In the news story "Debate hits home" [News, Aug. 5], Chief Deputy County Executive Regina Calcaterra said that in federal nursing home ratings, the John J. Foley Skilled Nursing Facility rated only two stars out of five, or below average. There's a reason for that.
Historically, the county executive and the legislature have under-budgeted for professional and support positions for the facility. It's not possible to maintain standards without proper staffing levels.
County officials have used the savings for positions in other departments. But staffing ratios, to be rightly compared, must consider the diagnoses and treatments required by the patient population. For example, a young patient with Huntington's disease cannot be assisted with his meal in 15 or 20 minutes. It may take an hour or more to have him drink eight ounces of juice.
In addition, the union contract makes staffing difficult because it does not reflect that the nursing home operates seven days a week.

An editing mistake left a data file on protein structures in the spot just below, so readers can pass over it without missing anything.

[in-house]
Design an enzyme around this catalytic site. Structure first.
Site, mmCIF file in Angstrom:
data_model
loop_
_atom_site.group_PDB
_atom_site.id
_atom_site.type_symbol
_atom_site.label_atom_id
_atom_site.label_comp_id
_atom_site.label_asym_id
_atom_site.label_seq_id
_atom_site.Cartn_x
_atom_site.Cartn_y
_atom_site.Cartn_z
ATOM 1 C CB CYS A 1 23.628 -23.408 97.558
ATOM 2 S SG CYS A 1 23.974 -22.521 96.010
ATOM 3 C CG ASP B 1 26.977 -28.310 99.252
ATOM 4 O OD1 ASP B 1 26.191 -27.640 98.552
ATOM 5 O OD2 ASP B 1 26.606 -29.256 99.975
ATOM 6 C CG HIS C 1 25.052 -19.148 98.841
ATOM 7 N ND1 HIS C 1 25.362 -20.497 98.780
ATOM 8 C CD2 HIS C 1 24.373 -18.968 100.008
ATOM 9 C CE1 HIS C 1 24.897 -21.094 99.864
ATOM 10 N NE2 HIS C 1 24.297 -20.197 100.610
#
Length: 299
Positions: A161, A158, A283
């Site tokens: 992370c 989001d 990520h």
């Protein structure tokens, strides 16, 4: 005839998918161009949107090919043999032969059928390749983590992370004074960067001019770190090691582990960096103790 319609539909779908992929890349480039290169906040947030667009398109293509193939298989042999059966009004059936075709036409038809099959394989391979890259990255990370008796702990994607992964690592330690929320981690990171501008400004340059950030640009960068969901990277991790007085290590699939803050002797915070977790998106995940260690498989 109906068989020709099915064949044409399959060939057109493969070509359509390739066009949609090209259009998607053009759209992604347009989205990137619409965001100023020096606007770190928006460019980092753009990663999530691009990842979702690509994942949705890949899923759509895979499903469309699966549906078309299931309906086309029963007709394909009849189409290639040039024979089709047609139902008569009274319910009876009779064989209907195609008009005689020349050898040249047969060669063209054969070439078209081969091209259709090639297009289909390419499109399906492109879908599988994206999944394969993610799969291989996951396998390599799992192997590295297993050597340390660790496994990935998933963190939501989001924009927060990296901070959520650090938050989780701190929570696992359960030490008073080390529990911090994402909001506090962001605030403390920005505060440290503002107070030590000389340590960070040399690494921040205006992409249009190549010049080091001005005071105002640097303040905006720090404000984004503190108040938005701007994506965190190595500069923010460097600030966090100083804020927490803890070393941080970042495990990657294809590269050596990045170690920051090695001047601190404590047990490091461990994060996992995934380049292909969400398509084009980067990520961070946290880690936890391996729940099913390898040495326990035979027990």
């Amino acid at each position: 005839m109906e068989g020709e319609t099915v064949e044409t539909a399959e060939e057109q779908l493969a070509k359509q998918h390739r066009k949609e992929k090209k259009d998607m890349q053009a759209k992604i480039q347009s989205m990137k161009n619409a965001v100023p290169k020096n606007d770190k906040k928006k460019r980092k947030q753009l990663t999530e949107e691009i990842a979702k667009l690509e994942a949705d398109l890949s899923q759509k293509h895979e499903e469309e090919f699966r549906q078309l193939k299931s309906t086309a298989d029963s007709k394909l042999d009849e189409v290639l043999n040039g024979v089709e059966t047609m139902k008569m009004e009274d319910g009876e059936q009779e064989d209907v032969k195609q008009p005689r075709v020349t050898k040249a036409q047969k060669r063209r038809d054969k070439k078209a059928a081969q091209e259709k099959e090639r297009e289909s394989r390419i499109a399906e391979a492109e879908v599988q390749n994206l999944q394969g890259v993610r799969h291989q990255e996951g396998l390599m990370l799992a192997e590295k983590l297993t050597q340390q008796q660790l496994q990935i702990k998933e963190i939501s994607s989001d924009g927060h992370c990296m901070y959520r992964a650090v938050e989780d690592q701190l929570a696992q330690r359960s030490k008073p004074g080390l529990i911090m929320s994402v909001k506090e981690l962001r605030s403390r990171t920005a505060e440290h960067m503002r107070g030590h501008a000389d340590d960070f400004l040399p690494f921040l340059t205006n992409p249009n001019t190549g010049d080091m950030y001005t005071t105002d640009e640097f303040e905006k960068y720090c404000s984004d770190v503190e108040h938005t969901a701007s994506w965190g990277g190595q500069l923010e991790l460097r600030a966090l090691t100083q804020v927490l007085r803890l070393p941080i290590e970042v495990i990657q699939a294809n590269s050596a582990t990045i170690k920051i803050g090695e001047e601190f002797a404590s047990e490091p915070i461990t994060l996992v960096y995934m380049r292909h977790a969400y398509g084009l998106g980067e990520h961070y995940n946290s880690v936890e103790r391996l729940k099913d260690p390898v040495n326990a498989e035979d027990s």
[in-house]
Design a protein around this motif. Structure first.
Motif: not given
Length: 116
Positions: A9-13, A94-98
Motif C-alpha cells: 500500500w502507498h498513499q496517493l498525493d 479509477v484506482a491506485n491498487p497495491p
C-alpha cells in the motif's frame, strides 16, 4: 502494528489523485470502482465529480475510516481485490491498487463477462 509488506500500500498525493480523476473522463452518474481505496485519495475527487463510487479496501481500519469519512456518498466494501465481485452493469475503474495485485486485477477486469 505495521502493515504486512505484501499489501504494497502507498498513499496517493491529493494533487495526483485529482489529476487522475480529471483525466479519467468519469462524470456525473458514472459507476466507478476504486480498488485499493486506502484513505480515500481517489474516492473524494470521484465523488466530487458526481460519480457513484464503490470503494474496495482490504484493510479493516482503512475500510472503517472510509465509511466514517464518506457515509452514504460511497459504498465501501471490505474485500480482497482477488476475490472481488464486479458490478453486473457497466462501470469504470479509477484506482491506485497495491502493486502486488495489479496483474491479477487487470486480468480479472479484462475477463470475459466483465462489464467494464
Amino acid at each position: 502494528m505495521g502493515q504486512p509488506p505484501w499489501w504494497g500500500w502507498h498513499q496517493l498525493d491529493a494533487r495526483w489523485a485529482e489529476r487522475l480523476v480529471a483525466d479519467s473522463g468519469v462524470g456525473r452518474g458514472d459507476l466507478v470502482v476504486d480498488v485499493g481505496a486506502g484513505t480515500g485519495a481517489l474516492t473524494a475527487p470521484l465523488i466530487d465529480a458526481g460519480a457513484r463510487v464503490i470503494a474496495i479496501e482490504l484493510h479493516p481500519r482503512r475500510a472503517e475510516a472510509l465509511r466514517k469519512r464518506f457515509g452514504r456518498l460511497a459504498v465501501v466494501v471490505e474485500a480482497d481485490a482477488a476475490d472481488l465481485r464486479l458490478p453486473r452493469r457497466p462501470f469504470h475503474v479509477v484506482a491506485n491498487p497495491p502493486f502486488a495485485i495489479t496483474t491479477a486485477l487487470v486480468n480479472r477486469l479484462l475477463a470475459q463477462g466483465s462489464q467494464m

The county nursing home has always been willing to accept patients needing the most demanding care. I believe the people of Suffolk County recognize and appreciate the work of the staff in their dedicated attention to the needs of our elderly and infirm. It is sad that our government leadership does not seem to share those sentiments.
Helen Proud, Orient
Editor's note: The writer is a former administrator of the Foley facility.
Congressional candidate Randy Altschuler says he opposes County Executive Steve Bellone's decision to sell the John J. Foley nursing home ["Altschuler opposes Foley sale," News, Aug. 13]. Among his reasons is that he believes Bellone did not involve the nursing home workers' union in the decision.
Altschuler claims to be a conservative, but what kind of conservative thinking is this?
Michael Axelrad, Quogue